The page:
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Raving Consulting’s 16th Indian Gaming National Marketing Conference, which took place on January 27-29, provided a few actionable and easy-to-grasp insights regarding both the state and direction of casino marketing for tribal and commercial casinos.

Raving’s presenters consistently strike a good balance between diving deep into the details and presenting information that is easily accessible, new and actionable. Raving is to be commended for keeping the presentations focused on delivering concrete ideas to attendees, including strategies that they can implement without Raving’s help or that do not require a major expenditure. In particular, three presentations stood out…

  1. Nicole Barker’s (Raving Partner for Database and Loyalty Marketing) session titled “Die Tiers Die…Why tiering systems have rarely worked in Casino Marketing” was the first one. It focused less on providing examples of where patron tiering systems have failed, and more on why they fail and what questions to answer before setting them up. The presentation highlighted ways in which casino offers can frustrate players, causing the casino to fail at increasing its wallet share with those patrons. Nicole provided some great practical advice, and in particular two prescriptions stood out: do not gift (i.e., promote someone to a higher tier that they have not yet earned in the hopes this will lead to a change in behavior) and demote regularly (i.e., move a patron to a lower tier quickly if their behavior changes rather than hoping they’ll revert to their former behavior).
     
    I disagree with the first argument that gifting (which involves a tangible expense to the casino) does not yield a positive ROI after taking into account the average player’s change in behavior. I believe gifting can be a very effective strategy, but only in cases where the gift of being elevated to the next tier for a short time is based on the knowledge that the patron can increase their play to the new level (something you can easily verify using a tool such as Casino Share Intelligence).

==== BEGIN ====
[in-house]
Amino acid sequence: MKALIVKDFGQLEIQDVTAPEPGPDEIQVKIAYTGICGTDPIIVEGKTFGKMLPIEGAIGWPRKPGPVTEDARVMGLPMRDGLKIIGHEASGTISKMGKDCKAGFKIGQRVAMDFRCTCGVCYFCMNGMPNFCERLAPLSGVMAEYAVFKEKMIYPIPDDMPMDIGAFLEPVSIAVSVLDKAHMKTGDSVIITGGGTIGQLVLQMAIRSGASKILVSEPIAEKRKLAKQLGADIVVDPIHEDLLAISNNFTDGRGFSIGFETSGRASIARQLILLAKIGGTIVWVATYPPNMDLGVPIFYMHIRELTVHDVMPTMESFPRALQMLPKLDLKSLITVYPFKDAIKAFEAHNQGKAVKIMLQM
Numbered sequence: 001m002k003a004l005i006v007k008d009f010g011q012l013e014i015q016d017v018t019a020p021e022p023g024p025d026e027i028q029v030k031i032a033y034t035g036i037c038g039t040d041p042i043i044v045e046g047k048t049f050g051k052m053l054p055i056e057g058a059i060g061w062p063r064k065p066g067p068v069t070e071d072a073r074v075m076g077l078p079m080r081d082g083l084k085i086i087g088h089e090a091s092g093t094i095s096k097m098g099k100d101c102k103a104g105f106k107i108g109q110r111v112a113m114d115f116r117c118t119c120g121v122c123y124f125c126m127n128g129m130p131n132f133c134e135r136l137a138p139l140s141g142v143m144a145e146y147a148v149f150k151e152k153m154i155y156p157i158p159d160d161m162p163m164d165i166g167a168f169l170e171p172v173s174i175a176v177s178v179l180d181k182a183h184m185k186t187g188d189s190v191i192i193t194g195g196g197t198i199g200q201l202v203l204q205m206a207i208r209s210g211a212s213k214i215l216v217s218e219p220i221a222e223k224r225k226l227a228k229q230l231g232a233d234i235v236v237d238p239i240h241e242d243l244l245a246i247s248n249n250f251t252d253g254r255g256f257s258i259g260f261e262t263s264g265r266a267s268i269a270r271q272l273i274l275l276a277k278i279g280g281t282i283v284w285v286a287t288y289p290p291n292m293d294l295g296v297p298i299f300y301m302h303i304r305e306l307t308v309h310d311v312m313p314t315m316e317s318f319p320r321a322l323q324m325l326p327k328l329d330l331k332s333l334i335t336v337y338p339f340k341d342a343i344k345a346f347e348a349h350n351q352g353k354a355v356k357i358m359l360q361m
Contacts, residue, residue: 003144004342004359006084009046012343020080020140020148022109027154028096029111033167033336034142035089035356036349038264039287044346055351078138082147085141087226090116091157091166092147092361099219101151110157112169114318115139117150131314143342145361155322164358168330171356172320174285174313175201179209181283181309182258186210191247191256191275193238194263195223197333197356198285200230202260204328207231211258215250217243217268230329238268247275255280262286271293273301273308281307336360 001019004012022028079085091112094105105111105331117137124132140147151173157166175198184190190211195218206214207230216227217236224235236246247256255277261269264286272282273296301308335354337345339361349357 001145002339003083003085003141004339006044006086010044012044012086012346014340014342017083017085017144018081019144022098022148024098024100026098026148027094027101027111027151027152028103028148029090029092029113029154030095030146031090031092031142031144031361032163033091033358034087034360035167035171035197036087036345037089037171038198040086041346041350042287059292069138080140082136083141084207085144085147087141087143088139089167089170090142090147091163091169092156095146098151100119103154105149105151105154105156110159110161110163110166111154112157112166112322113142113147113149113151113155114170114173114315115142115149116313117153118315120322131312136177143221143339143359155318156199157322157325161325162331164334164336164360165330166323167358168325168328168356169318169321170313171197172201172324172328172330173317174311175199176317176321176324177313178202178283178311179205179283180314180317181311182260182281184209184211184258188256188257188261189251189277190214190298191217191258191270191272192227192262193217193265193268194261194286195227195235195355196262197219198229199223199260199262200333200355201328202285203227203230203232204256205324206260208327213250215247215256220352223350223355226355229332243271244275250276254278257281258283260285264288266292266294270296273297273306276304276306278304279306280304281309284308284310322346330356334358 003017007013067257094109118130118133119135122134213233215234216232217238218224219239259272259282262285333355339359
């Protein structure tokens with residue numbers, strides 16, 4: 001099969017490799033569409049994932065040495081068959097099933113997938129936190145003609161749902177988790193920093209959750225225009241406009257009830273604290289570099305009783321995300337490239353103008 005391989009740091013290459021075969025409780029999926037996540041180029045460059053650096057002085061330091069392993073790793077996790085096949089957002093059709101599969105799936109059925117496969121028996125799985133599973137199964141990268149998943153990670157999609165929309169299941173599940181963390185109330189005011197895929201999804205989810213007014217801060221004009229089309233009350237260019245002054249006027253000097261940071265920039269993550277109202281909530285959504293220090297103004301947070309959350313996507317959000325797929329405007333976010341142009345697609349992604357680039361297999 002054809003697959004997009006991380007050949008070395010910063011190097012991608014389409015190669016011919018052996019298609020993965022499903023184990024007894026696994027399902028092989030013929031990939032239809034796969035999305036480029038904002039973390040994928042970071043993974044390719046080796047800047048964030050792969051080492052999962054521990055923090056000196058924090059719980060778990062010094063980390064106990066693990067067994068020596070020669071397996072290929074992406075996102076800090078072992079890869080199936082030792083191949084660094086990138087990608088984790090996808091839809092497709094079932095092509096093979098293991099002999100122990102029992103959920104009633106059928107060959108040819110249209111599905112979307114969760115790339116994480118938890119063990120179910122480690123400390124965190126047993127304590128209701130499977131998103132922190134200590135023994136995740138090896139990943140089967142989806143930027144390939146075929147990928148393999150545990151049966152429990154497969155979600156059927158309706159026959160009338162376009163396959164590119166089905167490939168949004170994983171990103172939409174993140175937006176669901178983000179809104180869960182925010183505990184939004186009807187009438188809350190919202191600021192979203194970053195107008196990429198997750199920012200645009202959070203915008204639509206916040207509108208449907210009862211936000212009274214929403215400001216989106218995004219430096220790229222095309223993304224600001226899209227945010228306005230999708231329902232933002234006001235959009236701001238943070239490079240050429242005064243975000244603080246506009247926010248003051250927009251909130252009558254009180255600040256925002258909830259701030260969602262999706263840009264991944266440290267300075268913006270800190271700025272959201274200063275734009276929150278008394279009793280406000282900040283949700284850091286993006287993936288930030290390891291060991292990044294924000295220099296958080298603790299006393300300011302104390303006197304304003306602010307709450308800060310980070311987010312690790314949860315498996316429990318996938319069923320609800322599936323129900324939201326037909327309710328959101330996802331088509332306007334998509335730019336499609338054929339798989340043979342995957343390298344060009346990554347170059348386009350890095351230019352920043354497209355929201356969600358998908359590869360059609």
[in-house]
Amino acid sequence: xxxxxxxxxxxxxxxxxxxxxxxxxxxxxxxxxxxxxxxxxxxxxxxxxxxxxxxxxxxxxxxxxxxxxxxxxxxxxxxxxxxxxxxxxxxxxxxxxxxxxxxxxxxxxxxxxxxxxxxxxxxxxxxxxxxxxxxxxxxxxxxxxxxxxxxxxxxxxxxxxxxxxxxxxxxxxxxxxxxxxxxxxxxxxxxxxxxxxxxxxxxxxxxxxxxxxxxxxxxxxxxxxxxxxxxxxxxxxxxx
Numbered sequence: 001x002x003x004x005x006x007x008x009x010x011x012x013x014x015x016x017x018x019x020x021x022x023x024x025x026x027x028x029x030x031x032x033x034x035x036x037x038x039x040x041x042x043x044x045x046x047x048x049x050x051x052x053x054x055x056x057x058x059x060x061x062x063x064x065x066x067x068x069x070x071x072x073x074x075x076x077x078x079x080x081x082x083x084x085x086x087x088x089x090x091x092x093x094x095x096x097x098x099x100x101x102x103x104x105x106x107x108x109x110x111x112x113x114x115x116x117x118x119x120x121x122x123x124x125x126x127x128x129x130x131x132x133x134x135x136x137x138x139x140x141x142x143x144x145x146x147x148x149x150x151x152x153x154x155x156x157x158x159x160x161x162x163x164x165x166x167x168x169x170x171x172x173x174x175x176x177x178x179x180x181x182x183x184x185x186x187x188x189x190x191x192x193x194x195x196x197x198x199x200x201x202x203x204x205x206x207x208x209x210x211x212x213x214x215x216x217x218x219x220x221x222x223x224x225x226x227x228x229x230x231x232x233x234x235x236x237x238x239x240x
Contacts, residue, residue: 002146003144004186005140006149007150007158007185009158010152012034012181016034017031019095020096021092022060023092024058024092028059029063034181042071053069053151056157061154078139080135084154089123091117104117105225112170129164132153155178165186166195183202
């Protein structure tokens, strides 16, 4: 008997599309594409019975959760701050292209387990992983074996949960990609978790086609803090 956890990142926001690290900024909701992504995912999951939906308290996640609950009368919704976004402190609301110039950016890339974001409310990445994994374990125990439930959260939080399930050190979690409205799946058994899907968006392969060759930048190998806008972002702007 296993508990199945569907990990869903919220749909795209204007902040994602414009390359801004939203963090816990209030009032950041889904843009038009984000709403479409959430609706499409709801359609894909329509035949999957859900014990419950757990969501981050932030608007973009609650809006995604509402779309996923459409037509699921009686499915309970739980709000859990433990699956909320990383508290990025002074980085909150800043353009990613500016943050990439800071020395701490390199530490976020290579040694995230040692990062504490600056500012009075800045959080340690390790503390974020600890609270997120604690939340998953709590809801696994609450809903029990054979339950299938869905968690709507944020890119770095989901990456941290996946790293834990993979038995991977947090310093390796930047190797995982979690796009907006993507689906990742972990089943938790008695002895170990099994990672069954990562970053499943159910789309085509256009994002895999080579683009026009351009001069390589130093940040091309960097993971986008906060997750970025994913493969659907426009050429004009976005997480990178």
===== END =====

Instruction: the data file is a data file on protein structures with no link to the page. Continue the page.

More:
Demoting players quickly I do agree with, and yet casinos only reluctantly do it since they’re concerned that the player will punish the casino for the demotion by defecting even more or altogether. Some patrons are very clever about “gaming the system” of casino marketing programs. If the patron’s play does not return to what got them the “carrot” in the first place, and their behavior doesn’t change after they’ve been warned with the imminent loss of that carrot, then the additional incentive should be removed. Again, CSI can be a helpful tool to track this both for individuals and for the cohort that gets demoted. I’m unaware of any casino using CSI for this purpose, however.

    That being said, I would have preferred her to have compared/contrasted two real programs and how they succeeded/failed to help crystallize her points in my mind. However, time limitations may have made this impractical.